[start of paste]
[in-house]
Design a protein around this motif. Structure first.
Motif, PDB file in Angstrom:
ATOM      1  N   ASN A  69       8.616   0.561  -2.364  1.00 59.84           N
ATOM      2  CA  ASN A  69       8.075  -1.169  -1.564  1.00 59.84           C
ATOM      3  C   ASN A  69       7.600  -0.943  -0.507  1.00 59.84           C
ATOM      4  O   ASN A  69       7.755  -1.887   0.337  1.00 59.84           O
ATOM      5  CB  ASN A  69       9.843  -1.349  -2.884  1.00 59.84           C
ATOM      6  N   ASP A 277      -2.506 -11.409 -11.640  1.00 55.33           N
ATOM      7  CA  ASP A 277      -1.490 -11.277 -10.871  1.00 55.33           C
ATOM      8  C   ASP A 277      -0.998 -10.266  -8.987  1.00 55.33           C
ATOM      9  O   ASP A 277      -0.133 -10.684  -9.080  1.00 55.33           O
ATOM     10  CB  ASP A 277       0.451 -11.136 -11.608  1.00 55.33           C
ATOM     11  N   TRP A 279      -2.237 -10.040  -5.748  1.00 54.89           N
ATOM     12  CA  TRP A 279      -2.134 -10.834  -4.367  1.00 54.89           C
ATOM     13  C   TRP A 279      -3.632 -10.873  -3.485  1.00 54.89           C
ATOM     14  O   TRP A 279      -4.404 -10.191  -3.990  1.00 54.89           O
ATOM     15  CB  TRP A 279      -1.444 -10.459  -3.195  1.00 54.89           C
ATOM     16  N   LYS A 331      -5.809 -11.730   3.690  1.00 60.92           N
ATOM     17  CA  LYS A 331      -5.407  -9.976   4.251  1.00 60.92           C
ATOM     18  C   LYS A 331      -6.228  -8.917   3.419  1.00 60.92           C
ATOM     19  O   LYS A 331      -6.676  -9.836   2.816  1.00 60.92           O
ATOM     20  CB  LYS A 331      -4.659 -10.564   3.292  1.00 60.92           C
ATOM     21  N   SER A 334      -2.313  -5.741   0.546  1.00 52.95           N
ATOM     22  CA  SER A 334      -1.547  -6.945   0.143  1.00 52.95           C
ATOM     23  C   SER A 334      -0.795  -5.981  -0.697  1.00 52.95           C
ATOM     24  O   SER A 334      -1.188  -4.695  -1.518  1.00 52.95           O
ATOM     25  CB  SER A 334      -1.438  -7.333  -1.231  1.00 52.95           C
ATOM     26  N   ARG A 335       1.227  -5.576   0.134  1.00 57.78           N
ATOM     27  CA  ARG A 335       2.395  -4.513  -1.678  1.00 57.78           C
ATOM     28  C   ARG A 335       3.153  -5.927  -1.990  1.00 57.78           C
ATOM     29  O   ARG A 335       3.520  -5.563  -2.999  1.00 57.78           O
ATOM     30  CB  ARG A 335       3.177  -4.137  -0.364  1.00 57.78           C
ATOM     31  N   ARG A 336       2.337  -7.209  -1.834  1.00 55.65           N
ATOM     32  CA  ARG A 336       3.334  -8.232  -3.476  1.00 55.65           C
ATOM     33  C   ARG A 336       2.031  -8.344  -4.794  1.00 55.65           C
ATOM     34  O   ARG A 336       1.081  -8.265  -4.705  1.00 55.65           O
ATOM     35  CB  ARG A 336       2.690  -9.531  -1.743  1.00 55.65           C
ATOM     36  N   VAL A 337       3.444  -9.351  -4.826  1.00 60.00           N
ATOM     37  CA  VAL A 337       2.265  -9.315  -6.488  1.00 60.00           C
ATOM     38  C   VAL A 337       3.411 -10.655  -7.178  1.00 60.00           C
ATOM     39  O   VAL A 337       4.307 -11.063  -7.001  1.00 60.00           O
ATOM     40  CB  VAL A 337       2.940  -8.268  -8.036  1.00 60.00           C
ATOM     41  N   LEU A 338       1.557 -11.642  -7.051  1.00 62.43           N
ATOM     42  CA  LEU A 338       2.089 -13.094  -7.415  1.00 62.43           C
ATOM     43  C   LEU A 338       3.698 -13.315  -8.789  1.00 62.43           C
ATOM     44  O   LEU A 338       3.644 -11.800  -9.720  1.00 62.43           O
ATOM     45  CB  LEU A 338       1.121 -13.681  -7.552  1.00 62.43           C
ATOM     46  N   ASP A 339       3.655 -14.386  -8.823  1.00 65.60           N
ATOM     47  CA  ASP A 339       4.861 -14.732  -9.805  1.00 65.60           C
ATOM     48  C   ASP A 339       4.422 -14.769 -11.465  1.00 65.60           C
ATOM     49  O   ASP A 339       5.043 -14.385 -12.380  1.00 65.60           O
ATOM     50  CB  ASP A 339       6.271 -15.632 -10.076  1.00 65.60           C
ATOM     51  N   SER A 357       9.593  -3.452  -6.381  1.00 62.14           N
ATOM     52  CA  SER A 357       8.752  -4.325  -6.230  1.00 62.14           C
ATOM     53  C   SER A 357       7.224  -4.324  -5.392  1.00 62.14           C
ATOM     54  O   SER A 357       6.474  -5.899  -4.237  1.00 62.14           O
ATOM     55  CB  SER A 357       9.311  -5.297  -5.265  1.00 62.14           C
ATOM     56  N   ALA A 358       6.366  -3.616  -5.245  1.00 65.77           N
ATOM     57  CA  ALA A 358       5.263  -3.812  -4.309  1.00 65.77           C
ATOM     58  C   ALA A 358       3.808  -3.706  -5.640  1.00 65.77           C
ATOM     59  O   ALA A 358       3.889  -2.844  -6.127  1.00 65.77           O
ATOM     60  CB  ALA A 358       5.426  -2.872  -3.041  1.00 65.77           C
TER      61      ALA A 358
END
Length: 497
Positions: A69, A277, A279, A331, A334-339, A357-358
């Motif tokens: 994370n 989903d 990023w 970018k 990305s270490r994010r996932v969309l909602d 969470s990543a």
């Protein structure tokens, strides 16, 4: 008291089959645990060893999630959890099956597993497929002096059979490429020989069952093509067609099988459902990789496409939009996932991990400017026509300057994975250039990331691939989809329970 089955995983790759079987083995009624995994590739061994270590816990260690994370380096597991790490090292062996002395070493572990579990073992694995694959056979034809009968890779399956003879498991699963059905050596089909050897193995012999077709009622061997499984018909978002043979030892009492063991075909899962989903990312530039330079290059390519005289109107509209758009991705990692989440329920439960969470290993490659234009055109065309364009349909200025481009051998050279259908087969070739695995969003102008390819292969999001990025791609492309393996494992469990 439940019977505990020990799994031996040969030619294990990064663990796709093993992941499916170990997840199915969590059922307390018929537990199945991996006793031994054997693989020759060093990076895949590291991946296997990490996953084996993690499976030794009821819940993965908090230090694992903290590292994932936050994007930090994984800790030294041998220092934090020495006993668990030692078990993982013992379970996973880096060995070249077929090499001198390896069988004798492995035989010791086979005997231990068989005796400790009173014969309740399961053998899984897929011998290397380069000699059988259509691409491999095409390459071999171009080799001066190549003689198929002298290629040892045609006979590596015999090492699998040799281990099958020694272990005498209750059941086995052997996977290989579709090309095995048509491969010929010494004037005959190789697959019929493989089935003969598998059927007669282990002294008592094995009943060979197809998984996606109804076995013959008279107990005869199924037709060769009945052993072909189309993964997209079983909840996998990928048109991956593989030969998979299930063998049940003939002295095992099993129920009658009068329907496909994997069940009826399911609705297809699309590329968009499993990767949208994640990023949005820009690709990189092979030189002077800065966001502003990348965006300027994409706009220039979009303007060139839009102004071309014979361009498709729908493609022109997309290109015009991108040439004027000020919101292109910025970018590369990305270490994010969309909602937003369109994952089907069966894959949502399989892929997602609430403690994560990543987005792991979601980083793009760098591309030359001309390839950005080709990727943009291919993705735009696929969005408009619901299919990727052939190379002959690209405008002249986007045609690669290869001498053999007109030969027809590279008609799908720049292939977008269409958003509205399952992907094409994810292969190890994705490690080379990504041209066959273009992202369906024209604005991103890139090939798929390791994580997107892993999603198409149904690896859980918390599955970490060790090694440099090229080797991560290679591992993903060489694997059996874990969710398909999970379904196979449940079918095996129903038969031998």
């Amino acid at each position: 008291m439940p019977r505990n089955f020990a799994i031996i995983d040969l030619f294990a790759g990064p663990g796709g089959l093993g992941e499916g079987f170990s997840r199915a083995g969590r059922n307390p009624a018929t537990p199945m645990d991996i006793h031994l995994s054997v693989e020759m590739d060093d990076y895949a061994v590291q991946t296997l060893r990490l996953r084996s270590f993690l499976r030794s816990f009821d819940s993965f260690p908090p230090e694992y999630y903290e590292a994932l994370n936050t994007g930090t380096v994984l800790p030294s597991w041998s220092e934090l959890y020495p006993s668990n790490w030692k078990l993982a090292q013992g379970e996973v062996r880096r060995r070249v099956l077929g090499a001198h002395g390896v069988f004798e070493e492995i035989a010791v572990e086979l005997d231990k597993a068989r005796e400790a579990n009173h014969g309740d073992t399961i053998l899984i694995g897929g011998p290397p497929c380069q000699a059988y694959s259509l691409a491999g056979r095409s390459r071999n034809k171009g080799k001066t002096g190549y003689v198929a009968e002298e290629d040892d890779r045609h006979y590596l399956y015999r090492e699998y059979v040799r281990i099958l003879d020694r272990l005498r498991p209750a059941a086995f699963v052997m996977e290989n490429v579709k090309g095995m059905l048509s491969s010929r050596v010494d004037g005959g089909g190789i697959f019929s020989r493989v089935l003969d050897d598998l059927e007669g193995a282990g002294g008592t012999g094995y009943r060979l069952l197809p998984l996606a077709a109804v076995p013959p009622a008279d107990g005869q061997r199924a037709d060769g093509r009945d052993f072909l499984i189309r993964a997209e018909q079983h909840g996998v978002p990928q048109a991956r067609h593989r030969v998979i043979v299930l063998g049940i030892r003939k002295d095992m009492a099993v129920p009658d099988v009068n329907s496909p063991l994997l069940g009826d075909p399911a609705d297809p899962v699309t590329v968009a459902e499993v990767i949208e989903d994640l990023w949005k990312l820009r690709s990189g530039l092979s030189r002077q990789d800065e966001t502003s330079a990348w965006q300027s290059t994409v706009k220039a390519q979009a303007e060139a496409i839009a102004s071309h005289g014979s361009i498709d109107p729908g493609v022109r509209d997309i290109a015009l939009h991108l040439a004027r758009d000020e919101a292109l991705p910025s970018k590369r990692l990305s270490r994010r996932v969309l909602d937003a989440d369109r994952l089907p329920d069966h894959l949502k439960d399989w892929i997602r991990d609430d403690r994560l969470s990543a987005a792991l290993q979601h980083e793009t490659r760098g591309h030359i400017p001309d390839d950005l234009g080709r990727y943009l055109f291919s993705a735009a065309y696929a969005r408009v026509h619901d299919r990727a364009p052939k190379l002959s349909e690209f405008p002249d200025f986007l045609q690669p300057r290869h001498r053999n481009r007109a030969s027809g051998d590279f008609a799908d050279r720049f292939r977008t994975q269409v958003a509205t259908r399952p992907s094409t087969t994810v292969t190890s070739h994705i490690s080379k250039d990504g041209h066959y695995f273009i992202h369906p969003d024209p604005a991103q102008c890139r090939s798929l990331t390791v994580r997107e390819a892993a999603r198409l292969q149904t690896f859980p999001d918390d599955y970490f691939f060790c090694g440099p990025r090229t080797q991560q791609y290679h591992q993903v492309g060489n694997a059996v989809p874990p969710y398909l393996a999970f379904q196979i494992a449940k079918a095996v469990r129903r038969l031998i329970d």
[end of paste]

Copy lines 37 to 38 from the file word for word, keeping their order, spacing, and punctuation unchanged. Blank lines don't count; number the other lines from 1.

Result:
ATOM     34  O   ARG A 336       1.081  -8.265  -4.705  1.00 55.65           O
ATOM     35  CB  ARG A 336       2.690  -9.531  -1.743  1.00 55.65           C